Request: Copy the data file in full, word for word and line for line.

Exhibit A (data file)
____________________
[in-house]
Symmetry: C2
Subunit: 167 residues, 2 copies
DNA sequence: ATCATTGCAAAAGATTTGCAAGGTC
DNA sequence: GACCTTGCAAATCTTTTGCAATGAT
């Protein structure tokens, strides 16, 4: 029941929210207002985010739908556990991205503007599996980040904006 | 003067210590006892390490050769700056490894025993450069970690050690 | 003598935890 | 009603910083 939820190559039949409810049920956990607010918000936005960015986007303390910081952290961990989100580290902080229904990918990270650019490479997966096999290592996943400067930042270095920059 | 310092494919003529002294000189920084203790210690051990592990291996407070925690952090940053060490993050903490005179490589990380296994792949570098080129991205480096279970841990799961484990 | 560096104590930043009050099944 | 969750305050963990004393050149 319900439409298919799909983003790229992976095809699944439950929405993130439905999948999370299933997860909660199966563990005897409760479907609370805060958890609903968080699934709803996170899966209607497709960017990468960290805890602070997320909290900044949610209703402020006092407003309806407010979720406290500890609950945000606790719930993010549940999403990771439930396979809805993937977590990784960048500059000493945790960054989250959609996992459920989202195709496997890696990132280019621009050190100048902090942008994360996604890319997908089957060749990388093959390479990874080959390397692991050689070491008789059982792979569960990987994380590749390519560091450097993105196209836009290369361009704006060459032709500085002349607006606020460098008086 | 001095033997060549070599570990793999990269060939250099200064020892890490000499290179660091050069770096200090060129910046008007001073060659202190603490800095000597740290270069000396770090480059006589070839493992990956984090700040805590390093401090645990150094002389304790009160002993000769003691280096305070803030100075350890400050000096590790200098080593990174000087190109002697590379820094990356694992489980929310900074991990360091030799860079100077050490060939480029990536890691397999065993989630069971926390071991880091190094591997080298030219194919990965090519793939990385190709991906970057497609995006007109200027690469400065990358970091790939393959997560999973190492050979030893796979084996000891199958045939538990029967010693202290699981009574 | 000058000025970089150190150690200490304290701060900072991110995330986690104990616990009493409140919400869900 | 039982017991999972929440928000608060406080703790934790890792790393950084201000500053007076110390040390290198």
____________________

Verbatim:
[in-house]
Symmetry: C2
Subunit: 167 residues, 2 copies
DNA sequence: ATCATTGCAAAAGATTTGCAAGGTC
DNA sequence: GACCTTGCAAATCTTTTGCAATGAT
């Protein structure tokens, strides 16, 4: 029941929210207002985010739908556990991205503007599996980040904006 | 003067210590006892390490050769700056490894025993450069970690050690 | 003598935890 | 009603910083 939820190559039949409810049920956990607010918000936005960015986007303390910081952290961990989100580290902080229904990918990270650019490479997966096999290592996943400067930042270095920059 | 310092494919003529002294000189920084203790210690051990592990291996407070925690952090940053060490993050903490005179490589990380296994792949570098080129991205480096279970841990799961484990 | 560096104590930043009050099944 | 969750305050963990004393050149 319900439409298919799909983003790229992976095809699944439950929405993130439905999948999370299933997860909660199966563990005897409760479907609370805060958890609903968080699934709803996170899966209607497709960017990468960290805890602070997320909290900044949610209703402020006092407003309806407010979720406290500890609950945000606790719930993010549940999403990771439930396979809805993937977590990784960048500059000493945790960054989250959609996992459920989202195709496997890696990132280019621009050190100048902090942008994360996604890319997908089957060749990388093959390479990874080959390397692991050689070491008789059982792979569960990987994380590749390519560091450097993105196209836009290369361009704006060459032709500085002349607006606020460098008086 | 001095033997060549070599570990793999990269060939250099200064020892890490000499290179660091050069770096200090060129910046008007001073060659202190603490800095000597740290270069000396770090480059006589070839493992990956984090700040805590390093401090645990150094002389304790009160002993000769003691280096305070803030100075350890400050000096590790200098080593990174000087190109002697590379820094990356694992489980929310900074991990360091030799860079100077050490060939480029990536890691397999065993989630069971926390071991880091190094591997080298030219194919990965090519793939990385190709991906970057497609995006007109200027690469400065990358970091790939393959997560999973190492050979030893796979084996000891199958045939538990029967010693202290699981009574 | 000058000025970089150190150690200490304290701060900072991110995330986690104990616990009493409140919400869900 | 039982017991999972929440928000608060406080703790934790890792790393950084201000500053007076110390040390290198």